Success of all-volunteer military in question
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Success of all-volunteer military in question

Denver : CO : USA | Nov 08, 2012 at 11:17 AM PST
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Movie Gladiator Shows Roman Army At Its Best

Three military hearings, on both coasts and in Kansas, raise questions about whether an all-volunteer military is consistent with the American dream.

It didn’t work in Rome, and helped contribute to the fall of the empire. In this country, it is raising the cost of our military when money is needed to rebuild our infrastructure.

A pretrial hearing is underway in Fort Bragg for Brig. Gen. Jeffrey Sinclair, who is accused of sexual misconduct with female officers in command and threatening to harm them if they complained.

He is alleged to have defended misogynistic comments by saying: "I'm a general, I'll do whatever the (expletive) I want”

The chain of command had expressed its concern about a rising tide of sexual assault of female military members before the hearing for the former deputy commander of the 82nd Airborne Division began.

A military investigation has determined that the head of the U.S. European Command, Navy Adm. James Stavridis, committed no crimes or intentional efforts but failed to adequately oversee his command, especially concerning record-keeping, and also made mistakes in reimbursing family for expenses on personal trips.

Before the investigation he had been a leading candidate to become chief Navy commander.

After two years, the court martial of an Army enlisted man accused of helping Wikileaks still has not begun, though hearings have been under way for months. The military has been accused of mistreating Bradley Manning while holding him, including keep him in solitary confinement for extended periods.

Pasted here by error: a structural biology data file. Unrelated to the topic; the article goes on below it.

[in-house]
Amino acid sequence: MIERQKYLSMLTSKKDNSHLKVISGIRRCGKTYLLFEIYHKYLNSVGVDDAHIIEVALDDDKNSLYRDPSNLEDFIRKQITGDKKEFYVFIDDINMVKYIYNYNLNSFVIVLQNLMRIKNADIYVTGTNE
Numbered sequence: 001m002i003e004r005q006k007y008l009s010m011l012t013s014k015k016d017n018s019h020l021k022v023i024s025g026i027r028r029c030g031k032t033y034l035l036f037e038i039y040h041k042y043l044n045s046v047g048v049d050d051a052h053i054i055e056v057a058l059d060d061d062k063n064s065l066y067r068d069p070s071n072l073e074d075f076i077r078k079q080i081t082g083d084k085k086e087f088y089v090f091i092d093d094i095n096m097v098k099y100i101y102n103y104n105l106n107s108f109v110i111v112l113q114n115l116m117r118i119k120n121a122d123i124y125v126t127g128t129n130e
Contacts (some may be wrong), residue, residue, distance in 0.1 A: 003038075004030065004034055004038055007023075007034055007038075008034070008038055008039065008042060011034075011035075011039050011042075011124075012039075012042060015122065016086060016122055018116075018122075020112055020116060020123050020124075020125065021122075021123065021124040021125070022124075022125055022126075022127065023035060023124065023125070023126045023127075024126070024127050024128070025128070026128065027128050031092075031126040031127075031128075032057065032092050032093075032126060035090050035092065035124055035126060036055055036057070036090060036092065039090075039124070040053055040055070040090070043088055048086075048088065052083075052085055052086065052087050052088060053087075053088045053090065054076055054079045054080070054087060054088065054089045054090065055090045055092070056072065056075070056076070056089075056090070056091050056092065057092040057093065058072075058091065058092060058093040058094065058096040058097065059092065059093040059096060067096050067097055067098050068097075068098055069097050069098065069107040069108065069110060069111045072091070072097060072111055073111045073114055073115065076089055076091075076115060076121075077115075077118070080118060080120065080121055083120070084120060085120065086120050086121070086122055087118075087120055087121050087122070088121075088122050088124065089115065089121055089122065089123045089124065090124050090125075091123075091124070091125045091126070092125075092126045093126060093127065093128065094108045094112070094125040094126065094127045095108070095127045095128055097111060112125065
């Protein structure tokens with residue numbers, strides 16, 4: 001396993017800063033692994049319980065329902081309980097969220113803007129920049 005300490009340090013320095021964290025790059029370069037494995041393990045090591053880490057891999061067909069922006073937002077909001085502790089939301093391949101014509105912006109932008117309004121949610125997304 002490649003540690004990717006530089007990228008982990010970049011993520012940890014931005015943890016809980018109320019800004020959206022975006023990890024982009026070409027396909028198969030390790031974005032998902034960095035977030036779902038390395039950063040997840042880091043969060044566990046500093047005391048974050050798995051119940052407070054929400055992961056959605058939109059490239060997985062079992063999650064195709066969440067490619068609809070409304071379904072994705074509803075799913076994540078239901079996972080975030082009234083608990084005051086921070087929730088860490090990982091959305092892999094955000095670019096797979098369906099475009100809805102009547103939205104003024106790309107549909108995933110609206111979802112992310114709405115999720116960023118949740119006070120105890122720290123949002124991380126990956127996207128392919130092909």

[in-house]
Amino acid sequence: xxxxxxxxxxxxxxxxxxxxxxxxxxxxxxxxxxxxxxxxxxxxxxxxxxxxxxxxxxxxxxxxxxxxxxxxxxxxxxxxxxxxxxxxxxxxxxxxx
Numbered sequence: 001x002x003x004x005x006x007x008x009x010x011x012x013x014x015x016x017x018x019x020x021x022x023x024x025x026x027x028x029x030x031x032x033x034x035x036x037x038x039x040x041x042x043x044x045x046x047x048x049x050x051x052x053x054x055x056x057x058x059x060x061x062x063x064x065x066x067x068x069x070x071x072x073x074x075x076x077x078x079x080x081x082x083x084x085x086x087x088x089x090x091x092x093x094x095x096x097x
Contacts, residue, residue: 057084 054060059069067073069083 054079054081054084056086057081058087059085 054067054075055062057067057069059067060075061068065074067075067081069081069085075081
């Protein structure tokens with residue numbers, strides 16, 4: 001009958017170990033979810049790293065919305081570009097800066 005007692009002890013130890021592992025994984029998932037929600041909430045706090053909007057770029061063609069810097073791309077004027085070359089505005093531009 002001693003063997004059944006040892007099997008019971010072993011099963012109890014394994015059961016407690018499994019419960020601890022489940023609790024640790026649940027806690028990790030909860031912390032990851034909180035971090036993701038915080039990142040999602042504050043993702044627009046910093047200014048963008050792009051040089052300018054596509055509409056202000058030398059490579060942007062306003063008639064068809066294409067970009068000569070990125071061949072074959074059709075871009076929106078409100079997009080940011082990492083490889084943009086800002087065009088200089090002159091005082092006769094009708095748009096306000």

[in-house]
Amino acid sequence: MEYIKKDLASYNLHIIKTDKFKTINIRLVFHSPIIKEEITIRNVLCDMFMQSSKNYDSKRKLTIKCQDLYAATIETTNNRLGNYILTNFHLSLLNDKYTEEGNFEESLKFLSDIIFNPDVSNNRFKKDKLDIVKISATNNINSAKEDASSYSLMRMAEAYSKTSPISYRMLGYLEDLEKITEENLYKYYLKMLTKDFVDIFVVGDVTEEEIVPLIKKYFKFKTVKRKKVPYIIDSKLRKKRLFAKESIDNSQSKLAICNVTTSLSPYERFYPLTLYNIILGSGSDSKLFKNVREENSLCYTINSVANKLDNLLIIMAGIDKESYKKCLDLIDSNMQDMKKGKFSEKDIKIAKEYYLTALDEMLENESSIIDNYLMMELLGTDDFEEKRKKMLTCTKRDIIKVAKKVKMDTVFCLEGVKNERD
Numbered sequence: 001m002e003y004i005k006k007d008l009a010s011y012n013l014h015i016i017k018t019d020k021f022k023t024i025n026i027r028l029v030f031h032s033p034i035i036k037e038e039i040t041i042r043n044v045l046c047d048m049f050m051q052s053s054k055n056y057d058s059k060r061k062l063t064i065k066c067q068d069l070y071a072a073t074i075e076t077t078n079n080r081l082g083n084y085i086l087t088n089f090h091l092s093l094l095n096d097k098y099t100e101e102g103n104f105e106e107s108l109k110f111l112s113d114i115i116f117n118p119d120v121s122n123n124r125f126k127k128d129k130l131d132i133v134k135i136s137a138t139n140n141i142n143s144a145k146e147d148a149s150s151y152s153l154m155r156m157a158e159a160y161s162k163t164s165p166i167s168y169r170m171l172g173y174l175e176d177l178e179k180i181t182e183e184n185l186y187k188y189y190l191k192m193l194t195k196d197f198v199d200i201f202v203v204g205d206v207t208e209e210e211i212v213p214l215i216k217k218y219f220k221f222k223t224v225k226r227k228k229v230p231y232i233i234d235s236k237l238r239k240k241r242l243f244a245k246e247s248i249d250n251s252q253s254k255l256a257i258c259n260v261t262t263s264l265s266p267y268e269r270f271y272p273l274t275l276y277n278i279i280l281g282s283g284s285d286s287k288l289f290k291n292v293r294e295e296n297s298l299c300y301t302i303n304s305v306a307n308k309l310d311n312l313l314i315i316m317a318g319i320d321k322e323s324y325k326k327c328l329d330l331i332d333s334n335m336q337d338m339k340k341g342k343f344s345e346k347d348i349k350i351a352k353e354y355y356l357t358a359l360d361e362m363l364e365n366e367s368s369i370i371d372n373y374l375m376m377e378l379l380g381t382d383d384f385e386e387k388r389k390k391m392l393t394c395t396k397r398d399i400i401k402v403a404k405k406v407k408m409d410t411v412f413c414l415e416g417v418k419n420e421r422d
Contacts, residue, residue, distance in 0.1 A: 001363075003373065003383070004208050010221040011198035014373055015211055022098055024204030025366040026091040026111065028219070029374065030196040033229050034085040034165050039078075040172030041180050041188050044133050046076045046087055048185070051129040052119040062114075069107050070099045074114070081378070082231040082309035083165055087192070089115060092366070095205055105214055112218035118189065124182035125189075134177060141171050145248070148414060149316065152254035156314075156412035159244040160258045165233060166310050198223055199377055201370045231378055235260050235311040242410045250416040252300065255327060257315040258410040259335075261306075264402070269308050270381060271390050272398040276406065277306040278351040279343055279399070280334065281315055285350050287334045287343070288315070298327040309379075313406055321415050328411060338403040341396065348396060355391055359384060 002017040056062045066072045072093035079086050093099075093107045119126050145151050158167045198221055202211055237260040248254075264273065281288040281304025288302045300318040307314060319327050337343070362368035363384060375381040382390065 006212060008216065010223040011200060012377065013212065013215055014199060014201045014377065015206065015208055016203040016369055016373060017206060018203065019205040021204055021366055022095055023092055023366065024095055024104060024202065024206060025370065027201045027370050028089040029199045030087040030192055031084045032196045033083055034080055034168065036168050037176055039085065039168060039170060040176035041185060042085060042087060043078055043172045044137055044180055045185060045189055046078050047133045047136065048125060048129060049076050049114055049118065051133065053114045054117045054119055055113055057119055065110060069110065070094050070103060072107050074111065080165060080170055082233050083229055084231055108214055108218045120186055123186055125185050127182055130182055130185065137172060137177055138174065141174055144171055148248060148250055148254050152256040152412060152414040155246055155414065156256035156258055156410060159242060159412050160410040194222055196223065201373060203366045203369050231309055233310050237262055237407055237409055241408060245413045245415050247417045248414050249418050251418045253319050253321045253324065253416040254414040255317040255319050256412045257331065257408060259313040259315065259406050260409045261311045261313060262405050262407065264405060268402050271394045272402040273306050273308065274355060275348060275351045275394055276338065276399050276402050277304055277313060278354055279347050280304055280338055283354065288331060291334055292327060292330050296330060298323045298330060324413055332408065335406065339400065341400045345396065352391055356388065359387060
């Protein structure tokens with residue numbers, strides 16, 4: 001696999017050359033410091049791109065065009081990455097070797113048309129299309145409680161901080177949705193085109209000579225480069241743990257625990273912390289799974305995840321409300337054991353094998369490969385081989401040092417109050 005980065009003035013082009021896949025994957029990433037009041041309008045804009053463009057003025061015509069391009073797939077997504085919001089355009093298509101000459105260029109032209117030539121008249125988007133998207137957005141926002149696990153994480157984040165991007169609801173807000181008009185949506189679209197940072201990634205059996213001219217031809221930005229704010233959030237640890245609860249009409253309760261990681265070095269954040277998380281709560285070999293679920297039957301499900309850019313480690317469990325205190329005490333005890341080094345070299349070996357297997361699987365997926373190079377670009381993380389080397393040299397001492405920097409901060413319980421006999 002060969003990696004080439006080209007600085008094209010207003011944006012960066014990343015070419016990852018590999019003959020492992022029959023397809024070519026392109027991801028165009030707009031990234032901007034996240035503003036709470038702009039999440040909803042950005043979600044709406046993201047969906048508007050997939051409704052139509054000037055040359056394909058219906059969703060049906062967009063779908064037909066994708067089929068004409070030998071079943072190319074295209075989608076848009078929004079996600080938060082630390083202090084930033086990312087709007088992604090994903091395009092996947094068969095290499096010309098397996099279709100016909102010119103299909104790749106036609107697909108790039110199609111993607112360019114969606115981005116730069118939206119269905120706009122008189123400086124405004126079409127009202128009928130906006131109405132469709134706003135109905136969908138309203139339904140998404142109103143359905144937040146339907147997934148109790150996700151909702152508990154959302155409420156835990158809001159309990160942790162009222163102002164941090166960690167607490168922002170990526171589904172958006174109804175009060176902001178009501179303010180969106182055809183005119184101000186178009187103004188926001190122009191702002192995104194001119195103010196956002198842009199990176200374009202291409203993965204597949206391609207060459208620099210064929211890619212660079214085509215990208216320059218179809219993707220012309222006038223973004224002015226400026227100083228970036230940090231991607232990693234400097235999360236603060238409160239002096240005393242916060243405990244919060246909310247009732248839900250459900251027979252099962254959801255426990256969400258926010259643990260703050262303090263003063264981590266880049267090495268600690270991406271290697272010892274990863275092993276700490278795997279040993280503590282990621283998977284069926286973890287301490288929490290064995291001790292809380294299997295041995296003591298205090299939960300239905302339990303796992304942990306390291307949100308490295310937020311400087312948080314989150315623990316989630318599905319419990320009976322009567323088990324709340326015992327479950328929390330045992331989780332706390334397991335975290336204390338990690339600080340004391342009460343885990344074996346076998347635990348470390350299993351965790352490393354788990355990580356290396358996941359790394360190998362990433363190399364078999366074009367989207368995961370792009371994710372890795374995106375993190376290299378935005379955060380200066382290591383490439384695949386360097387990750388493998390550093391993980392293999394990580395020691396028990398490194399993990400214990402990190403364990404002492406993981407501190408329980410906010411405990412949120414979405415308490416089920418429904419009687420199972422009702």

An Army sergeant is going through a pretrial hearing for allegedly murdering 16 civilians in Afghanistan. Staff Sgt. Robert Bales was on his fourth deployment.

His defense may argue that he was suffering from PTSD. The Army’s own medical studies dating back to 1944 have predicted soldiers would break if in combat too long.

This is the inevitable result of replacing the draft with an all-volunteer army. With a draft, combat soldiers would be replaced by new recruits.

A draft also would make it more difficult to get the U.S. involved in foreign conflicts.

To attract and keep soldiers, higher pay and re-enlistment bonuses have made the cost of maintaining an adequately large enough force more expensive.

The use of unstaffed drones is perhaps the clearest example of how commanders want to keep U.S. casualities to a minimum. Their use is of questionable legality under international laws and treaties.

It is not possible to put a cost on what repeated deployments will cost the nation because of PTSD, brain damages and other wounds.

On the other hand, much of the military relies on complicated weapons’ systems, so there needs to be a large number of soldiers, sailors and airmen who will make the military a career. Too much will be spent on educating these men and women to see them leave after a few years and go to private industry.

Sources:

http://www.fayobserver.com/articles/2012/11/07/1215922?sac=fo.military

http://blog.thenewstribune.com/military/2012/11/07/day-3-in-court-for-ssg-robert-bales-set-up-with-dna-firearm-experts/

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The soldiers depicted in this movie were all citizens who owned land. Only land owners were allowed in the army.
Robert Weller is based in Denver, Colorado, United States of America, and is an Anchor for Allvoices.
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